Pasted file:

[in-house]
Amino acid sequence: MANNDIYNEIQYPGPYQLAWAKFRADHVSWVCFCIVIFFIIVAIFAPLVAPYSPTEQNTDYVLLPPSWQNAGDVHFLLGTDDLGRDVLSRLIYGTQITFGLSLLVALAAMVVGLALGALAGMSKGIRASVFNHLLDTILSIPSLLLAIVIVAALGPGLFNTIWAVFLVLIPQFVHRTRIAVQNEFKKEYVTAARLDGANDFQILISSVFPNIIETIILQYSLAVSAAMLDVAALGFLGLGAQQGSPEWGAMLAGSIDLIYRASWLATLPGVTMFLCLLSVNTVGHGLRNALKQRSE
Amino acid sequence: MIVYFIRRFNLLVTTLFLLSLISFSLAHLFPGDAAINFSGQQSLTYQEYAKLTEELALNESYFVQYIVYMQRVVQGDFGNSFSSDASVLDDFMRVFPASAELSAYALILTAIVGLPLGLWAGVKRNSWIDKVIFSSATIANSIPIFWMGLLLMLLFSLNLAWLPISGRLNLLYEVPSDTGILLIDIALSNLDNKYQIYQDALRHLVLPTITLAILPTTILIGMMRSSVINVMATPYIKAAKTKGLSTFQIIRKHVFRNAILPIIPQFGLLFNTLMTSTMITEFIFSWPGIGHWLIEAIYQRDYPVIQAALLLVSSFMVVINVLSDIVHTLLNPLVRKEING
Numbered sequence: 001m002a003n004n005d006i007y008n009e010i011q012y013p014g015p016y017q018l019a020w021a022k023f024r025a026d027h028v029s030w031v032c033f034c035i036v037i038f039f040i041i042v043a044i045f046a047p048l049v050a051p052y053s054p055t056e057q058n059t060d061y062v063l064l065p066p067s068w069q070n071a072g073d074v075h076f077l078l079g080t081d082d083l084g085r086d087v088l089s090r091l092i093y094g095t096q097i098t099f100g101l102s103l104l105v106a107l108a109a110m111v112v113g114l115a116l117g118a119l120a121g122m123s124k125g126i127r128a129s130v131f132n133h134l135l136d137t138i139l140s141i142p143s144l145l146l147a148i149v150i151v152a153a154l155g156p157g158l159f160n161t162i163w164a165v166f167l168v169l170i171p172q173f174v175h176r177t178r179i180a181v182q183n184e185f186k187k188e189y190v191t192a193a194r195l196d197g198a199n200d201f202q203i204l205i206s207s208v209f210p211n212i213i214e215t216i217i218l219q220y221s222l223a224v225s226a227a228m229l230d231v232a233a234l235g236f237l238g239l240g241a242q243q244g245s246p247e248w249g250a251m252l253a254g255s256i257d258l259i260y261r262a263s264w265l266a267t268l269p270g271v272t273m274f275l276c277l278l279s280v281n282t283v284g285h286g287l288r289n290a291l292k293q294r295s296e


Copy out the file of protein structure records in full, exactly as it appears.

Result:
[in-house]
Amino acid sequence: MANNDIYNEIQYPGPYQLAWAKFRADHVSWVCFCIVIFFIIVAIFAPLVAPYSPTEQNTDYVLLPPSWQNAGDVHFLLGTDDLGRDVLSRLIYGTQITFGLSLLVALAAMVVGLALGALAGMSKGIRASVFNHLLDTILSIPSLLLAIVIVAALGPGLFNTIWAVFLVLIPQFVHRTRIAVQNEFKKEYVTAARLDGANDFQILISSVFPNIIETIILQYSLAVSAAMLDVAALGFLGLGAQQGSPEWGAMLAGSIDLIYRASWLATLPGVTMFLCLLSVNTVGHGLRNALKQRSE
Amino acid sequence: MIVYFIRRFNLLVTTLFLLSLISFSLAHLFPGDAAINFSGQQSLTYQEYAKLTEELALNESYFVQYIVYMQRVVQGDFGNSFSSDASVLDDFMRVFPASAELSAYALILTAIVGLPLGLWAGVKRNSWIDKVIFSSATIANSIPIFWMGLLLMLLFSLNLAWLPISGRLNLLYEVPSDTGILLIDIALSNLDNKYQIYQDALRHLVLPTITLAILPTTILIGMMRSSVINVMATPYIKAAKTKGLSTFQIIRKHVFRNAILPIIPQFGLLFNTLMTSTMITEFIFSWPGIGHWLIEAIYQRDYPVIQAALLLVSSFMVVINVLSDIVHTLLNPLVRKEING
Numbered sequence: 001m002a003n004n005d006i007y008n009e010i011q012y013p014g015p016y017q018l019a020w021a022k023f024r025a026d027h028v029s030w031v032c033f034c035i036v037i038f039f040i041i042v043a044i045f046a047p048l049v050a051p052y053s054p055t056e057q058n059t060d061y062v063l064l065p066p067s068w069q070n071a072g073d074v075h076f077l078l079g080t081d082d083l084g085r086d087v088l089s090r091l092i093y094g095t096q097i098t099f100g101l102s103l104l105v106a107l108a109a110m111v112v113g114l115a116l117g118a119l120a121g122m123s124k125g126i127r128a129s130v131f132n133h134l135l136d137t138i139l140s141i142p143s144l145l146l147a148i149v150i151v152a153a154l155g156p157g158l159f160n161t162i163w164a165v166f167l168v169l170i171p172q173f174v175h176r177t178r179i180a181v182q183n184e185f186k187k188e189y190v191t192a193a194r195l196d197g198a199n200d201f202q203i204l205i206s207s208v209f210p211n212i213i214e215t216i217i218l219q220y221s222l223a224v225s226a227a228m229l230d231v232a233a234l235g236f237l238g239l240g241a242q243q244g245s246p247e248w249g250a251m252l253a254g255s256i257d258l259i260y261r262a263s264w265l266a267t268l269p270g271v272t273m274f275l276c277l278l279s280v281n282t283v284g285h286g287l288r289n290a291l292k293q294r295s296e